Plan for more homes at former abattoir site refused against officer's advice


Revised plans to demolish a former commercial building at Moor Lane and construct two new dwellings have been refused by the Northern Planning Committee.

Members voted against the recommendation of the Planning Officer and rejected the plans by 7 votes to 3 at their meeting on Wednesday, 23rd March.

The new scheme involves demolishing the existing building and replacing it with two detached bungalows at the former Yew Tree Farm, which lies within the North Cheshire Green Belt.

Along with the adjacent site which has been redeveloped for housing, the application site forms part of the former abattoir, which ceased operation in October 2018.

Plans to demolish the existing building and construct two detached 4 bedroom houses, with six parking spaces, were refused in December 2019. A subsequent appeal was dismissed in October 2020 due to the difference in height between the proposed houses and the existing building and feed tanks and the resulting inappropriate development within, and the impact on the openness, of the green belt.

The revised proposals are for two dormer bungalows, which are lower in height than the previous scheme. Each property will have four bedrooms, three of which are located in the roof space along with a family bathroom.

Councillor Mark Goldsmith spoke to object to the application at the Northern Planning Committee meeting.

He told "They repeatedly cited my comment to them that this was trying to "fit a quart into a pint pot" and it was rejected on the grounds of over development. The applicant has now tried three times to build 4 bedroom properties on this site and seems wedded to this idea. The first two applications for 2 storey buildings were rejected because they were higher than the existing barn, so would harm the green belt by closing down the outlook.

"This time they tried to build 4 bed bungalows (they claimed they were 3 bed plus an office but no one believed this) but this meant they now had no garages, tight parking and very small gardens. Therefore, the committee agreed that the gardens and amenity space for those living there would be too small for 8 bedrooms worth of property and a possible 8 or more people living there."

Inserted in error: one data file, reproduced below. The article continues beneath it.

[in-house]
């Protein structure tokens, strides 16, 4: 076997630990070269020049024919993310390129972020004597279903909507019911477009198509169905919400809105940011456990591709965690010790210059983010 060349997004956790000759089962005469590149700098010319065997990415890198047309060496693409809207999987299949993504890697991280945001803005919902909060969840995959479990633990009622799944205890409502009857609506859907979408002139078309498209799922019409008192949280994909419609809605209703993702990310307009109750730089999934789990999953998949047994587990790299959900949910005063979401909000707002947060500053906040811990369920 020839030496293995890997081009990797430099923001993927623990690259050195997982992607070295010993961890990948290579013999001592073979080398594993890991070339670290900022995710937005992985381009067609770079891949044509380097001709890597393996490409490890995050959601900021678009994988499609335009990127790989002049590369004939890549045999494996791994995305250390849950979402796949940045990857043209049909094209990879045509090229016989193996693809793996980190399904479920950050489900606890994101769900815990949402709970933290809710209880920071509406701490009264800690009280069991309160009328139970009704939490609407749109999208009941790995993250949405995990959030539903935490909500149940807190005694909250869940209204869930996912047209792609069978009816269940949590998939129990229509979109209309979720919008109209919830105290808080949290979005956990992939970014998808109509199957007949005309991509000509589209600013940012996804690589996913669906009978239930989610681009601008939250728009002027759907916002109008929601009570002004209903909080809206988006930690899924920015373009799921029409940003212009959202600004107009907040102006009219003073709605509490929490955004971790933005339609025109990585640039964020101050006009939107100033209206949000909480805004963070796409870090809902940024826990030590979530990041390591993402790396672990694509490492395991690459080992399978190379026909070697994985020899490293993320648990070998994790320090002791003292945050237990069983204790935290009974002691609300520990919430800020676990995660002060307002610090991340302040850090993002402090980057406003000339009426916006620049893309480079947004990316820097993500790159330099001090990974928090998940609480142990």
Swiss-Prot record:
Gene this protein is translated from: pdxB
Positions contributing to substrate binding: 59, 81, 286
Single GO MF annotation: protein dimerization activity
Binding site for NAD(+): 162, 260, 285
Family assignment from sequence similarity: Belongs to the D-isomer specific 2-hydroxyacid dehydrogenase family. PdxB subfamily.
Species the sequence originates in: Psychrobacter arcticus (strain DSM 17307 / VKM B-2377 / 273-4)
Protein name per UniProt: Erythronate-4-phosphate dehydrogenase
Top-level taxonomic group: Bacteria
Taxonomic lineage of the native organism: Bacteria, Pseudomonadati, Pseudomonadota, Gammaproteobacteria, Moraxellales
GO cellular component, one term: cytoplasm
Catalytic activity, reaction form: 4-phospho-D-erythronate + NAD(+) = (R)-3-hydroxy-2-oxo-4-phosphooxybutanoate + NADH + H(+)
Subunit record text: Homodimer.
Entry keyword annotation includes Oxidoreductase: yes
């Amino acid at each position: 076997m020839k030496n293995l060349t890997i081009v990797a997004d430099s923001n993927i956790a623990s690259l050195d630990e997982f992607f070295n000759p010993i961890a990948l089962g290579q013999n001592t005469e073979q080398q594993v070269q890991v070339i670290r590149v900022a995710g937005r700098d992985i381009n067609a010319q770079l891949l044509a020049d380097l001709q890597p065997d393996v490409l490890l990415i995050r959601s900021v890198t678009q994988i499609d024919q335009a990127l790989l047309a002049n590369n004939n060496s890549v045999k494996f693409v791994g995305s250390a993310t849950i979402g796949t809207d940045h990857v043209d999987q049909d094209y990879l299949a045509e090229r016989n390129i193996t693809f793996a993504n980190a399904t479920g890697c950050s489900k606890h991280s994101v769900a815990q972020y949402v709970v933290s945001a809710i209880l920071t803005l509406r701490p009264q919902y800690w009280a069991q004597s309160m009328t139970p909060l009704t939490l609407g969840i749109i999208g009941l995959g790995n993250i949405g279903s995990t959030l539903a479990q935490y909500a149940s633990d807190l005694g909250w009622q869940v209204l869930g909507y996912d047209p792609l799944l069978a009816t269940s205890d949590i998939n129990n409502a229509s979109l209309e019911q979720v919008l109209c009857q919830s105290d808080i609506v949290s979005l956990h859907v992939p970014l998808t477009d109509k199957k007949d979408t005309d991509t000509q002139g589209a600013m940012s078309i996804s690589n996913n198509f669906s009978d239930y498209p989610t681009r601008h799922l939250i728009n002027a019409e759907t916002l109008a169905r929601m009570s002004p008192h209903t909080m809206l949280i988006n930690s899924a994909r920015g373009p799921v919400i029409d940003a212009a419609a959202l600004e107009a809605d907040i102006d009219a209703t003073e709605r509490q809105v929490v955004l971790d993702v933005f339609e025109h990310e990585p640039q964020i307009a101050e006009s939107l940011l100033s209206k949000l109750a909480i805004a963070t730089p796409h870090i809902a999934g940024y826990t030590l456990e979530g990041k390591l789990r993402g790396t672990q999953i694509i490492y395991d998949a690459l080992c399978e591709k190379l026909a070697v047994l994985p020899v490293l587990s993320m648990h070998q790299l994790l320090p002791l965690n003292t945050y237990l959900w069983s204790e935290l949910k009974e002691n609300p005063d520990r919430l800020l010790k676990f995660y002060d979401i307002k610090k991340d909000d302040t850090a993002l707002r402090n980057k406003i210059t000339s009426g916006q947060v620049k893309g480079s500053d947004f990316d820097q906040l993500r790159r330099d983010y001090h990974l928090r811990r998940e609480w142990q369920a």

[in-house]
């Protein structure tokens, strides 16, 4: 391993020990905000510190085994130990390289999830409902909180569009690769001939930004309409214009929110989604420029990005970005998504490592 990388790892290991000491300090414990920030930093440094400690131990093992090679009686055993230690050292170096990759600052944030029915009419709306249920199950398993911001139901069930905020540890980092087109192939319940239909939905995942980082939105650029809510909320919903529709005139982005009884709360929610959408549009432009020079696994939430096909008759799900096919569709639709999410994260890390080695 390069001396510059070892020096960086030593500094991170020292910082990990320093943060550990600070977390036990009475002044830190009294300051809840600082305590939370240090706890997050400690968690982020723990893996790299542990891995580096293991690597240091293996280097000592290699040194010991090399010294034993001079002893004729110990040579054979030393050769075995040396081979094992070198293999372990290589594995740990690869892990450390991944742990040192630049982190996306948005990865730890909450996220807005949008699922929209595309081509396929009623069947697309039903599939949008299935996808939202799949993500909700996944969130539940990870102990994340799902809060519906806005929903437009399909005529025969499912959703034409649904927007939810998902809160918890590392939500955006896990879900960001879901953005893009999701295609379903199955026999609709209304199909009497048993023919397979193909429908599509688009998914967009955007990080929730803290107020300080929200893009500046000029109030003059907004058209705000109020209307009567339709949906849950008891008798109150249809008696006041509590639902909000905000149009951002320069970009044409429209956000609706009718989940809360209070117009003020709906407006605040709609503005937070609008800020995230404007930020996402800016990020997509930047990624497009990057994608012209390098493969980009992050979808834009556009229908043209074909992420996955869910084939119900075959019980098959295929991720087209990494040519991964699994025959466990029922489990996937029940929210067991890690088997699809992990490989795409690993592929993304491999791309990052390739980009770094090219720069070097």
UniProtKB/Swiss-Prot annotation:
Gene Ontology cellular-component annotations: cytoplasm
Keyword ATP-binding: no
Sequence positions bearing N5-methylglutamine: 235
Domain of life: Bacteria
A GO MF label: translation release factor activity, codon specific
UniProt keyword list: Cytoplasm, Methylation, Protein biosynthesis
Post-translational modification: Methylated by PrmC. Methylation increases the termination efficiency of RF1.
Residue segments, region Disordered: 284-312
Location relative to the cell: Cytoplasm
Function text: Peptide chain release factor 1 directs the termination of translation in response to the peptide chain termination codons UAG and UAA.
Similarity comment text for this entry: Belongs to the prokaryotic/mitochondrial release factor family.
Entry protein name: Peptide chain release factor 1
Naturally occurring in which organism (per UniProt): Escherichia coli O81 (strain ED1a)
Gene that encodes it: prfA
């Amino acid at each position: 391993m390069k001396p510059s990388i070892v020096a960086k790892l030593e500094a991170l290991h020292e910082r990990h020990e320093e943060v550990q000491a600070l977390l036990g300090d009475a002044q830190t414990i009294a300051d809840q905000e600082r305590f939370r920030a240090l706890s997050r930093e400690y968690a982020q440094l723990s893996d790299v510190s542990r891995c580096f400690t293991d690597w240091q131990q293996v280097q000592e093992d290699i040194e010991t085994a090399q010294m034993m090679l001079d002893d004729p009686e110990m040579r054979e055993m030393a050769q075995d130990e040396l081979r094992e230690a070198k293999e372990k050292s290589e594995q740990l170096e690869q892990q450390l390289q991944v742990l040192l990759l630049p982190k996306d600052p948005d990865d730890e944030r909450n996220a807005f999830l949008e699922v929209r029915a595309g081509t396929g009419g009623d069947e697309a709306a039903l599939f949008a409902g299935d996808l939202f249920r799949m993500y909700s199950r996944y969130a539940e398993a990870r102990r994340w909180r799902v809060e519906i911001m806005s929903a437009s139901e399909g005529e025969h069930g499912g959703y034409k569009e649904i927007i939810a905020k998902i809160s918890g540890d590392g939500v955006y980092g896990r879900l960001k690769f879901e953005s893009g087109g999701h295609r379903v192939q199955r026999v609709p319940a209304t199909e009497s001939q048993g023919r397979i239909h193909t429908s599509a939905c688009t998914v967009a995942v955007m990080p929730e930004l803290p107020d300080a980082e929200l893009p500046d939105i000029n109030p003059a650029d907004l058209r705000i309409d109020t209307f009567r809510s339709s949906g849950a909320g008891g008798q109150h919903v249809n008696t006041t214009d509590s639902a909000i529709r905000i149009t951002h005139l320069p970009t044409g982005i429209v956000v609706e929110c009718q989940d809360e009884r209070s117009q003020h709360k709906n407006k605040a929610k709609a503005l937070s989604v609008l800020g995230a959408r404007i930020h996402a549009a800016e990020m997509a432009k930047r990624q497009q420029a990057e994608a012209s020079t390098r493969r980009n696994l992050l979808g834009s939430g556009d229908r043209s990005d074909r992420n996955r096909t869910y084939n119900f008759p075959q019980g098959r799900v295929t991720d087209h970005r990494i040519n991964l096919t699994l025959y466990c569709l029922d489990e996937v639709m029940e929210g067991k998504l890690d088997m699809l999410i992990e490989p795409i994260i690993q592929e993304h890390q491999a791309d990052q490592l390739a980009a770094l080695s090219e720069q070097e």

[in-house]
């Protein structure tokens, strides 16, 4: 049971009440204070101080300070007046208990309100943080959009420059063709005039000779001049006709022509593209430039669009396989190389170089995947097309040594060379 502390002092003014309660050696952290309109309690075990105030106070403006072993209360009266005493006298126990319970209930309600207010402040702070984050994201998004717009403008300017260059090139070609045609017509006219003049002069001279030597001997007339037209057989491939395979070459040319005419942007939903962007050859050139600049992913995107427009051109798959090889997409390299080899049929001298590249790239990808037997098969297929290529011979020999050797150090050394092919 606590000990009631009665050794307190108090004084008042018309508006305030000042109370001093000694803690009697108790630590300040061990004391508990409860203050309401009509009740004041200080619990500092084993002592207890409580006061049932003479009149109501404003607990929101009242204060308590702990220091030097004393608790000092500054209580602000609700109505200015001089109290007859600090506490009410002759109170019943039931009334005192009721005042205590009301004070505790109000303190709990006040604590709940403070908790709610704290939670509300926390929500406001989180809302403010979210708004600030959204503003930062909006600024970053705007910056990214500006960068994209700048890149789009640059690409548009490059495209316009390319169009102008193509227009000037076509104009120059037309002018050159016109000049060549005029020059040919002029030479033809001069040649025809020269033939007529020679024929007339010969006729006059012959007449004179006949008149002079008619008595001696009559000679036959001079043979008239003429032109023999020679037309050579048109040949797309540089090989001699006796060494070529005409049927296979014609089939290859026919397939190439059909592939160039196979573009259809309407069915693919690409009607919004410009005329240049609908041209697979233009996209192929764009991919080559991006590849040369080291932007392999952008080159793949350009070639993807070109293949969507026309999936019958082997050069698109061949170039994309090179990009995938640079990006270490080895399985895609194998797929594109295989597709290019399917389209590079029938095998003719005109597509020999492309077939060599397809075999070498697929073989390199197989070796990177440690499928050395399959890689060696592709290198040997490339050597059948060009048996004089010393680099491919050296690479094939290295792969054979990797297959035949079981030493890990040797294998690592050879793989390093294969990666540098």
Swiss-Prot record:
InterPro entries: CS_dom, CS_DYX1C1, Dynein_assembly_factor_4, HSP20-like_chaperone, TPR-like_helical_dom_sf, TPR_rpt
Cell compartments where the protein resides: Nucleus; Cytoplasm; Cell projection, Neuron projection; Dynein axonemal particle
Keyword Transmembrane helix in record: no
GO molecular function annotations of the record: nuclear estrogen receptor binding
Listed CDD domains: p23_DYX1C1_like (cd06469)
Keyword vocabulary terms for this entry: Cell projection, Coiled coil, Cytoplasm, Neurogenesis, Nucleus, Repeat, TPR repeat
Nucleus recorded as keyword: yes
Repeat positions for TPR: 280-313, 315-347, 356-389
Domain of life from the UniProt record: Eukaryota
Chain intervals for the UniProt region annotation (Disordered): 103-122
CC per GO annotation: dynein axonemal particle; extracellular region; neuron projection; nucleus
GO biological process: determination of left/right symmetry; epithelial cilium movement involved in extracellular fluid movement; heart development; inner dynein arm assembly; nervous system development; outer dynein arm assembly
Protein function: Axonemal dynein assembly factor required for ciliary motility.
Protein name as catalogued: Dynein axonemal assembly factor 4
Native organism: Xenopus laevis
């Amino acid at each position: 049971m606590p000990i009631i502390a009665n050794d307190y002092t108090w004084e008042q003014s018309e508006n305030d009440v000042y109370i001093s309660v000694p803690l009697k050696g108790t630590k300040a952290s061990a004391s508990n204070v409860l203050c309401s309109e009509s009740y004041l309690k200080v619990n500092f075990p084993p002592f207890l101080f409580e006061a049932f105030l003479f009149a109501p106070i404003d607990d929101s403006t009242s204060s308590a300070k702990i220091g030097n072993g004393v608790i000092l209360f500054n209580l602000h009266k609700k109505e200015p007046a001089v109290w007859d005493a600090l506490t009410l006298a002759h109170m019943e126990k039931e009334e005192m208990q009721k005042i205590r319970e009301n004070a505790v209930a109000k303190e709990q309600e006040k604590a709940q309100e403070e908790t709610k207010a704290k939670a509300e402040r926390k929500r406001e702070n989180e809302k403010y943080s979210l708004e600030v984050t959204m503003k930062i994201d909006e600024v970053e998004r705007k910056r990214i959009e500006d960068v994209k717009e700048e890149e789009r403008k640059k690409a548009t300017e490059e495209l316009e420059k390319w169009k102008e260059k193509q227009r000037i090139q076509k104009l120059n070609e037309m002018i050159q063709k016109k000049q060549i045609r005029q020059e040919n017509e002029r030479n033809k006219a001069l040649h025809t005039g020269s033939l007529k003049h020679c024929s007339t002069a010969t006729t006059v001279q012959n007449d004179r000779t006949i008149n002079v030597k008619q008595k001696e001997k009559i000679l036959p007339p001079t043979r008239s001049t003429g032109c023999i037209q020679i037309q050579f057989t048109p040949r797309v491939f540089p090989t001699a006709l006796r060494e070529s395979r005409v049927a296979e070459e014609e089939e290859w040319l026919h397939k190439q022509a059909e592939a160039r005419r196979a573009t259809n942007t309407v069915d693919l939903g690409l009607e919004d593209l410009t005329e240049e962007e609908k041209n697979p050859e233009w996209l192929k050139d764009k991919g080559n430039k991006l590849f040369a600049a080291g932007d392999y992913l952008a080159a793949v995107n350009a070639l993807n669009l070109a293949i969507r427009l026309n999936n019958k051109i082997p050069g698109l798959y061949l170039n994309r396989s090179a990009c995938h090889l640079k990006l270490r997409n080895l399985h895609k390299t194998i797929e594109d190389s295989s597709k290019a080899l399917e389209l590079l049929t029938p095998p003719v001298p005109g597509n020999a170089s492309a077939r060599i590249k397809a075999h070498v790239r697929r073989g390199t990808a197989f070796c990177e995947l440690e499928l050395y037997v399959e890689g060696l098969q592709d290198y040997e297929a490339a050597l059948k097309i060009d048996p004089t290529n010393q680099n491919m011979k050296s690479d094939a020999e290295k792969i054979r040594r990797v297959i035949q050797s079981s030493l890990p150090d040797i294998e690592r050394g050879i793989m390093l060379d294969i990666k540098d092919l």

He added "We all accept the existing barn is an eyesore and needs replacing. It is a brown field site within the green belt, so is ideal to be brought back into use. However, Wilmslow has plenty of 4 bed homes and this site with its height limitations would be ideal for 2 or 3 bed bungalows, which would be more in keeping with the size of plot and are in short supply in the town.

"Hopefully, the next application will come back with these but they may appeal to the planning inspector."

Councillor Iain Macfarlane commented "Although considerably lower that the previous application for two 2-storey homes there was agreement that the proposed office area could easily be converted to another bedroom. With only a small garden area provided for each bungalow the committee agreed that a 4 bedroom bungalow would not conform with Policy H2 of the Wilmslow Neighbourhood Plan which highlights the desire for sufficient associated amenity space in new developments.

"My opinion as ward councillor is that this is a splendid opportunity to now provide two much-needed 2 (or 3) bedroom bungalows for downsizing purposes as the vast majority of new houses in the area have 4 or 5 bedrooms."

The Planning Officer recommended the plans for approval stating "The application site is a previously developed site in the Green Belt and the proposal of 2no. detached bungalows and associated access and landscaping is not considered to have a greater impact on openness of the Green Belt than the existing development following significant revisions. The proposals are therefore not an inappropriate form of development in the Green Belt.

"The design of the dwellings is considered to be acceptable, and suitably reflects the character of the neighbouring residential site that has been recently completed and wider surrounding area which has a varied architectural theme. No significant adverse impacts are raised in relation to highways, accessibility, ecology, trees, residential amenity, air quality, flood risk or contaminated land, and appropriate conditions on these matters are recommended, where relevant."

The plans can be viewed on the Cheshire East Council website by searching for planning reference 21/1496M.